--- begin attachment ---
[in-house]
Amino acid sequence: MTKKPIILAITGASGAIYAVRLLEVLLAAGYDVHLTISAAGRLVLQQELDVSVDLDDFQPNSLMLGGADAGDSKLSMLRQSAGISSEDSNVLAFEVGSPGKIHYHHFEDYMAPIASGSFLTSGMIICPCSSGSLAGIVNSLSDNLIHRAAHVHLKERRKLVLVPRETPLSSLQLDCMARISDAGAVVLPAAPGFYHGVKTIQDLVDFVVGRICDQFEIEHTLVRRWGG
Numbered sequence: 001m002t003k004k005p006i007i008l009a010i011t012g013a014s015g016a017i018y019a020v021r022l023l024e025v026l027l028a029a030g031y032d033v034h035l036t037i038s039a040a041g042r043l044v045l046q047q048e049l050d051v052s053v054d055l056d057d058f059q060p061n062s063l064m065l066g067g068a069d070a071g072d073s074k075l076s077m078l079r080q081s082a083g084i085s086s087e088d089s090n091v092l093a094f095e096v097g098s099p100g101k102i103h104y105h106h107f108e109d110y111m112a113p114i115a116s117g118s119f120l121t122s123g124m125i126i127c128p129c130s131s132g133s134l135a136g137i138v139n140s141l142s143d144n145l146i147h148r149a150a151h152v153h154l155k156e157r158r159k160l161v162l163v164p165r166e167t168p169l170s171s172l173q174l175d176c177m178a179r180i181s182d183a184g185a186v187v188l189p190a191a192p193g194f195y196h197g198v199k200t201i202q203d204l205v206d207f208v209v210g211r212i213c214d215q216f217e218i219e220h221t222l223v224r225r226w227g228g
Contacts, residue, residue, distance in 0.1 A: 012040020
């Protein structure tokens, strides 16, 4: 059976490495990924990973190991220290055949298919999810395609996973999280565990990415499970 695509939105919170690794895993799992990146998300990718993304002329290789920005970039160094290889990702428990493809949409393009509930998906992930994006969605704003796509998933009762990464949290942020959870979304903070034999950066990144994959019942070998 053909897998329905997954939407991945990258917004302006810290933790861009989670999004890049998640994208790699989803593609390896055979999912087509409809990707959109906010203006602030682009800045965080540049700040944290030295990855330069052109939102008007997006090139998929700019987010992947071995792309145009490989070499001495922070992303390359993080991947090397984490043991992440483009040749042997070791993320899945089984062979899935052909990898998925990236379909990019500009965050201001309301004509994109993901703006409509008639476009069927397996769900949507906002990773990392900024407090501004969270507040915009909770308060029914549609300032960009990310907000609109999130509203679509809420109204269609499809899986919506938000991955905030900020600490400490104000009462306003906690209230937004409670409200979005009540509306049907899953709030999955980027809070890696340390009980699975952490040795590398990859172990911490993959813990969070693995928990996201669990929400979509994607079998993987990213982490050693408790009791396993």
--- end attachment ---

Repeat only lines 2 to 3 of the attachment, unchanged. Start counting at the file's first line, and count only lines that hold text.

Amino acid sequence: MTKKPIILAITGASGAIYAVRLLEVLLAAGYDVHLTISAAGRLVLQQELDVSVDLDDFQPNSLMLGGADAGDSKLSMLRQSAGISSEDSNVLAFEVGSPGKIHYHHFEDYMAPIASGSFLTSGMIICPCSSGSLAGIVNSLSDNLIHRAAHVHLKERRKLVLVPRETPLSSLQLDCMARISDAGAVVLPAAPGFYHGVKTIQDLVDFVVGRICDQFEIEHTLVRRWGG
Numbered sequence: 001m002t003k004k005p006i007i008l009a010i011t012g013a014s015g016a017i018y019a020v021r022l023l024e025v026l027l028a029a030g031y032d033v034h035l036t037i038s039a040a041g042r043l044v045l046q047q048e049l050d051v052s053v054d055l056d057d058f059q060p061n062s063l064m065l066g067g068a069d070a071g072d073s074k075l076s077m078l079r080q081s082a083g084i085s086s087e088d089s090n091v092l093a094f095e096v097g098s099p100g101k102i103h104y105h106h107f108e109d110y111m112a113p114i115a116s117g118s119f120l121t122s123g124m125i126i127c128p129c130s131s132g133s134l135a136g137i138v139n140s141l142s143d144n145l146i147h148r149a150a151h152v153h154l155k156e157r158r159k160l161v162l163v164p165r166e167t168p169l170s171s172l173q174l175d176c177m178a179r180i181s182d183a184g185a186v187v188l189p190a191a192p193g194f195y196h197g198v199k200t201i202q203d204l205v206d207f208v209v210g211r212i213c214d215q216f217e218i219e220h221t222l223v224r225r226w227g228g